Gazprom, Russia’s gas monopoly, on Tuesday predicted oil prices would reach $250 a barrel in 2009.

The striking prediction came as the International Energy Agency, the developed world’s energy watchdog, warned that record high prices were needed to choke off demand in order to balance the oil market.

It is the IEA’s most candid admission to date that oil supply is struggling to catch up with Asian demand, and follows the sharp rise in prices last week, which saw crude jump more than $16.24 in less than 36 hours to a record $139.12.

Gazprom’s prediction came at a strategy presentation in Deauville, where Alexei Miller, chief executive, said: “Today we are witnessing a very great change for hydrocarbons. The level is very high and we think it [the price of oil] will reach $250 a barrel.” A company spokesman specified that Gazprom believed that level would be hit in 2009.

That is substantially higher than forecasts by analysts, who see oil prices in 2009 ranging between $100 and $200.

In its monthly oil market report, the IEA said “supply growth so far this year has been poor and higher prices are needed to choke off demand to balance the market”. It added: “Abnormally high prices are largely explained by fundamentals”.

Mr Miller agreed with the IEA’s assessment, saying that speculators were not ”a determining influence”. He said: ”Competition for resources and their use is growing.”

The market responded by pushing prices back up after they had fallen below $134 earlier in the session. Nymex July West Texas Intermediate rose 70 cents to $134.95, while ICE July Brent added 53 cents to $134.38.

As expected, the IEA cut slightly its forecast for annual oil demand growth, but surprised the market with a deep reduction in its forecast for supply growth from non-Opec nations, leaving the world more dependent on the producers’ cartel.

It cut its demand growth forecast further by 80,000 b/d to an annual increase of 800,000 b/d because of record high prices, the slowing US economy and the partial removal of fuel subsidies in some Asian countries.

However, the agency warned that so far, there were “very few signs of slowing demand in non-OECD countries where economic growth is far more significant than price in determining demand”.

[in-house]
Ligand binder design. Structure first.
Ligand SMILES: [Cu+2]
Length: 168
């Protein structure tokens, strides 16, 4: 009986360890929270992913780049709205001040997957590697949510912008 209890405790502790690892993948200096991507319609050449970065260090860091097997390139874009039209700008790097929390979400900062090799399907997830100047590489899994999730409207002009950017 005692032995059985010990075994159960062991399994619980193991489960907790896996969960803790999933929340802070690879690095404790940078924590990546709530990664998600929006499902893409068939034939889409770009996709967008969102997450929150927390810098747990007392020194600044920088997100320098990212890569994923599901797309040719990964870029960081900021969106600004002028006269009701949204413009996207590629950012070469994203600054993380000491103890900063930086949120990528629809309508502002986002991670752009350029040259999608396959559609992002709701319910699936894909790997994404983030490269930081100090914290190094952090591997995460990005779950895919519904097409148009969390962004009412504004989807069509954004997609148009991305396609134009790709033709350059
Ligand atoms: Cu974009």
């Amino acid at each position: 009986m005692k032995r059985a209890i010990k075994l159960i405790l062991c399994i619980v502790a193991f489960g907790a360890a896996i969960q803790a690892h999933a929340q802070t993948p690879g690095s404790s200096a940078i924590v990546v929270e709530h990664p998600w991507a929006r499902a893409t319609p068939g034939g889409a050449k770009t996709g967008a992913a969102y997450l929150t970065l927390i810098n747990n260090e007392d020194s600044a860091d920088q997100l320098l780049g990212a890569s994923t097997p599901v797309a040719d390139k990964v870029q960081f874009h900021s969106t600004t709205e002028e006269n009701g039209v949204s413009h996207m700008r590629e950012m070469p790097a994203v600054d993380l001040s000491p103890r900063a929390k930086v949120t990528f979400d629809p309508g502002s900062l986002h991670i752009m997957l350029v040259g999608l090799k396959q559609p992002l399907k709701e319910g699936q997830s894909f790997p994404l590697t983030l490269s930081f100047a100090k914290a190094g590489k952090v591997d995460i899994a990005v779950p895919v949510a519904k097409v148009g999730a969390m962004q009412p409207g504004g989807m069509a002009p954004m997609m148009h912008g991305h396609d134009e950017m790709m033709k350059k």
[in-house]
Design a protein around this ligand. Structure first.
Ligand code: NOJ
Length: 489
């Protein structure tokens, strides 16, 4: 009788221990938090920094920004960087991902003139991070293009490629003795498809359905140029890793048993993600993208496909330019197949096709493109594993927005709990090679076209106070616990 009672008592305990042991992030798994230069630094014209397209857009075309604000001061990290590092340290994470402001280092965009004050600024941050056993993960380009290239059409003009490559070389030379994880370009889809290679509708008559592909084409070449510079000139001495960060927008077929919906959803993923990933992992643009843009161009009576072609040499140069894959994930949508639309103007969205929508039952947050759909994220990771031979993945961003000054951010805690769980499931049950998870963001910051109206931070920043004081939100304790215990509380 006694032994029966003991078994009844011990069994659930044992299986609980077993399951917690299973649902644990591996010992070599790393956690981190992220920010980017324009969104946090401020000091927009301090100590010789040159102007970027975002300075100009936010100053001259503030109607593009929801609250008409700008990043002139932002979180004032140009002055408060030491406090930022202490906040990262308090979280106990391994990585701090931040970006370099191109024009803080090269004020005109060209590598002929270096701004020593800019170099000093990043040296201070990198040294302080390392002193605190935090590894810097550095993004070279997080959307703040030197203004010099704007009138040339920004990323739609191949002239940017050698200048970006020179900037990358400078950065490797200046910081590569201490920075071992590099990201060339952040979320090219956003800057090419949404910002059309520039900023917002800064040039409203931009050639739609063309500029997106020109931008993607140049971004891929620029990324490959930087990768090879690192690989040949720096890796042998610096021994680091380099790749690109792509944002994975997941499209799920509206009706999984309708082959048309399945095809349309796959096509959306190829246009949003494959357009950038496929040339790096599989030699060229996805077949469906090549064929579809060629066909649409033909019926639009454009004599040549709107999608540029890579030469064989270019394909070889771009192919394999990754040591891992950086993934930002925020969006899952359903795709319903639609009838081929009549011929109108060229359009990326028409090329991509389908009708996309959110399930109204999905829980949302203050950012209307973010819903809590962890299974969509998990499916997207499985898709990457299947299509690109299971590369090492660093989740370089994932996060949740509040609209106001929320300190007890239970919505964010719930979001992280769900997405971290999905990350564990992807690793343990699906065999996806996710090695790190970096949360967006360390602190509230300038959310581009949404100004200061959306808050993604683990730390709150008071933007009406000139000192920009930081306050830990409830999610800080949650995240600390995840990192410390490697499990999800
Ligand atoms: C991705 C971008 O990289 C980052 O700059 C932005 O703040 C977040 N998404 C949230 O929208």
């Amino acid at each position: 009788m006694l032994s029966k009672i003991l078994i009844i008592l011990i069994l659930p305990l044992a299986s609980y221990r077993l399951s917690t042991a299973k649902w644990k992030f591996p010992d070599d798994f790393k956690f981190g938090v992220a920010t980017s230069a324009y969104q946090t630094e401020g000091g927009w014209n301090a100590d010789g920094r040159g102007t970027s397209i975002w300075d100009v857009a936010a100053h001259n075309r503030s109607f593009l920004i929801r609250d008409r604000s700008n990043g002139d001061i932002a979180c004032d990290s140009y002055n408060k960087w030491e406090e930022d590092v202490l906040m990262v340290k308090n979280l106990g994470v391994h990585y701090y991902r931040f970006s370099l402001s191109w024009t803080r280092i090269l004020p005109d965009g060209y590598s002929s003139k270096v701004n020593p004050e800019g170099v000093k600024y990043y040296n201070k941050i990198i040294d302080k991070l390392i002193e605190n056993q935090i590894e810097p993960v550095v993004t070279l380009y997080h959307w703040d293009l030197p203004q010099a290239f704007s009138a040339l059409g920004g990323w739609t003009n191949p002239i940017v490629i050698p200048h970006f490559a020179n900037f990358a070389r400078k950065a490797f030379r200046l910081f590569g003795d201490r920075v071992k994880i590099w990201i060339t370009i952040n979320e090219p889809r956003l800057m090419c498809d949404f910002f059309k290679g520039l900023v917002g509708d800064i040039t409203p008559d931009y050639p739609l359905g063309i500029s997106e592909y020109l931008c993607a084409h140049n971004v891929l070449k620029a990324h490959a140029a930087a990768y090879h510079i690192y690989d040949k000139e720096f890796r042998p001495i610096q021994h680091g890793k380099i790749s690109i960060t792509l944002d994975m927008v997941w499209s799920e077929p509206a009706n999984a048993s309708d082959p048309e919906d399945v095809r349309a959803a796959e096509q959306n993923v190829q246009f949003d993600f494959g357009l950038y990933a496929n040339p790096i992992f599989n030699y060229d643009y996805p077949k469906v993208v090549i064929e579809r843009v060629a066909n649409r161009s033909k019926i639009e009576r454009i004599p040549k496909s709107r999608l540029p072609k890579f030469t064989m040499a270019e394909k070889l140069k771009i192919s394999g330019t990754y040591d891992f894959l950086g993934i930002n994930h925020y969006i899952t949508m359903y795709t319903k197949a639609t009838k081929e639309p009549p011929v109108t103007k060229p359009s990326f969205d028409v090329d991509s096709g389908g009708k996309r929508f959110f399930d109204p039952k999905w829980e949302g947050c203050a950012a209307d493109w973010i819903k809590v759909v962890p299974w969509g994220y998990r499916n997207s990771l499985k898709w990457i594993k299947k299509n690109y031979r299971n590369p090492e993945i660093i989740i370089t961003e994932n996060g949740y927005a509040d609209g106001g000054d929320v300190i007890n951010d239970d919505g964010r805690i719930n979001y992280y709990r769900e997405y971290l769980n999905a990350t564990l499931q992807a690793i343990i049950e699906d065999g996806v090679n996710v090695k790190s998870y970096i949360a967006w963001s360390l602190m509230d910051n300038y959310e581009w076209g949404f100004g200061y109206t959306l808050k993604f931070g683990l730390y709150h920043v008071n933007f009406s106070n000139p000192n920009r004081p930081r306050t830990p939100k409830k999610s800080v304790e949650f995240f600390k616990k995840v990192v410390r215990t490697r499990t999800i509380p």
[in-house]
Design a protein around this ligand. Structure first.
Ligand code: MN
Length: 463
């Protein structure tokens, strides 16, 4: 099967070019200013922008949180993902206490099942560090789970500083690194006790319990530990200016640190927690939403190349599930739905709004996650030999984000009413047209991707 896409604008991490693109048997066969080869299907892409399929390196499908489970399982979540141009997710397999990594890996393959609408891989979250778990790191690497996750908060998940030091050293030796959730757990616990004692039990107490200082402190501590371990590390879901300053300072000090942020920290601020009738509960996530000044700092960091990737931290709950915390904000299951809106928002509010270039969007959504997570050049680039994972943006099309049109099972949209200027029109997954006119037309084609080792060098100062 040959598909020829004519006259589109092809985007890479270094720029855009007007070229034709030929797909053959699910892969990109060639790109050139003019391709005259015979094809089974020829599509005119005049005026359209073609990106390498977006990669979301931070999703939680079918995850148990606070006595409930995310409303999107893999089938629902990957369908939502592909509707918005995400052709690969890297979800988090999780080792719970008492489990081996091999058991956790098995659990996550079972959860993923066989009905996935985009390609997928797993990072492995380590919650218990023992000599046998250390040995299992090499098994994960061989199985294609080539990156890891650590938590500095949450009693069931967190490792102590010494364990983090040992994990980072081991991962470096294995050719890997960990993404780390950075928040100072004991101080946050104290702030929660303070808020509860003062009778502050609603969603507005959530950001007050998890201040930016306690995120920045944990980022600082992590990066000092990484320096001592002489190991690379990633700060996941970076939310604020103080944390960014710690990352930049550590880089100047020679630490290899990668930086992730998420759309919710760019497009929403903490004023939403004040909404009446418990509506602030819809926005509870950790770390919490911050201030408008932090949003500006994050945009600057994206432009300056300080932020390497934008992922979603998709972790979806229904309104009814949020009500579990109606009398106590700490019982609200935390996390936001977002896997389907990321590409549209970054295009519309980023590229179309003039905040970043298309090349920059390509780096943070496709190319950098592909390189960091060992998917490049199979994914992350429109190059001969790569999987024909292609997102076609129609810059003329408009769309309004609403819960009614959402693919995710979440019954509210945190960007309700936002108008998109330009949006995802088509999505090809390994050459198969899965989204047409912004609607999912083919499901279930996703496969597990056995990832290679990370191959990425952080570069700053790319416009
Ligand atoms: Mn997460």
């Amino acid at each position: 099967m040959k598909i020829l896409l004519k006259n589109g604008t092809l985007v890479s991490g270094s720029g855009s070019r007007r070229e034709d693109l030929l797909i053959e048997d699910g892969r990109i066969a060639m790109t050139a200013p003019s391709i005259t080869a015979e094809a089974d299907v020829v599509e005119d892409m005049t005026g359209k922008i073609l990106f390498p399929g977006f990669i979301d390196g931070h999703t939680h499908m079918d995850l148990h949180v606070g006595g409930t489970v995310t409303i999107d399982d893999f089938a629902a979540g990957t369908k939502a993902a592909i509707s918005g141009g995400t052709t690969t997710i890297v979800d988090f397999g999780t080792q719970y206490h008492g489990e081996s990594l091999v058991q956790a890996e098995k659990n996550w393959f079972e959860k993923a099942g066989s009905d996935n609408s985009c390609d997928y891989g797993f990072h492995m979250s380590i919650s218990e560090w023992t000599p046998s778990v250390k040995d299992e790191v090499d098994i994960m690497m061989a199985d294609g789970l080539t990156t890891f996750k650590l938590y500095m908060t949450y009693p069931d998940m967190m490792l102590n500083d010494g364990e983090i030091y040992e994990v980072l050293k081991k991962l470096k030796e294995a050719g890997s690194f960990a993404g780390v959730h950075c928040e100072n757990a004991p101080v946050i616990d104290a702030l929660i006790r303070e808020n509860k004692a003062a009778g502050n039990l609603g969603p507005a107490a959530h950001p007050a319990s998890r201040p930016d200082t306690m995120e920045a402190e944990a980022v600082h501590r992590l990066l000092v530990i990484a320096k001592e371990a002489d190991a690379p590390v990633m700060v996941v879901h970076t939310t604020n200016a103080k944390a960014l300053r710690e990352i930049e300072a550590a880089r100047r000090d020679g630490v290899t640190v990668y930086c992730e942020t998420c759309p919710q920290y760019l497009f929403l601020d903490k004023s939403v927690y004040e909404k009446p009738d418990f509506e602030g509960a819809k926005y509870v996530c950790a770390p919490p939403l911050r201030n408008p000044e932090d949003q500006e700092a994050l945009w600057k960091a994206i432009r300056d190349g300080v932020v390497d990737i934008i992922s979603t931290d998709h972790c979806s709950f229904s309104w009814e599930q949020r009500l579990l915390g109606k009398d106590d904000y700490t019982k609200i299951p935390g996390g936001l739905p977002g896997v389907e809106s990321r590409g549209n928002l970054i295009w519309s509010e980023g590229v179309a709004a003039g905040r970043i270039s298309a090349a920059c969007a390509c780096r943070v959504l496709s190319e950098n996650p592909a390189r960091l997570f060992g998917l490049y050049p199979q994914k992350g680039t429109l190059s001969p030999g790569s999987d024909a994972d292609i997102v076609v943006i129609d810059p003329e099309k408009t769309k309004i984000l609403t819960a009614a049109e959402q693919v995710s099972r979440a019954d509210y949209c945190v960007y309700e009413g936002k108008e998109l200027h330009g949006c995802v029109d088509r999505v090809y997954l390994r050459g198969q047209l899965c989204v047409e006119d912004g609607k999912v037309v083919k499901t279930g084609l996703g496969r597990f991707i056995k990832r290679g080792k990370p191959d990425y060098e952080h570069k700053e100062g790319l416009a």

The cut in the IEA’s forecast for oil demand growth was overshadowed by a larger cut in forecast supplies. The agency cut its forecast for non-Opec supply growth to just 455,000 b/d, or 225,000 b/d below last month’s forecast. It expected most of the non-Opec fresh output to be in the form of biofuels, which would account for 72 per cent of the supply increase.

The non-Opec supply growth forecast for 2008 is now below the growth achieved by the group both in 2007 and 2006, in spite of significantly higher oil prices.

The agency also warned that the imbalance between demand and supply forced a counter-seasonal drop in rich countries’ oil inventories in April. It estimates that stocks fell in April by 8.1m barrels, compared with a traditional increase in April of about 30m barrels.

It warned that current prices could “impinge upon growth prospects”, even though the global economy is more resilient to rising oil prices. “Globally, the high oil price is contributing to inflationary pressures,” it said.

The IEA’s warning echoes comments on Monday by Tony Hayward, chief executive of BP, who said the oil market was not well supplied.

“In a well functioning market where supply and demand are balanced, prices should be stable. Where prices are high, however, they show that supply is not responding adequately to rising demand …and that is where we find ourselves today,” Mr Hayward said.

Francisco Blanch, head of commodities research at Merrill Lynch, said on Tuesday he was raising his forecast for WTI prices in the second half of the year to $121.50, based “a combination of lower than expected supplies and unrestricted demand. Non-Opec output is really struggling to expand.”

Get alerts on Global Economy when a new story is published

Copyright The Financial Times Limited 2019. All rights reserved.
Reuse this content (opens in new window)

Comments have not been enabled for this article.

Follow the topics in this article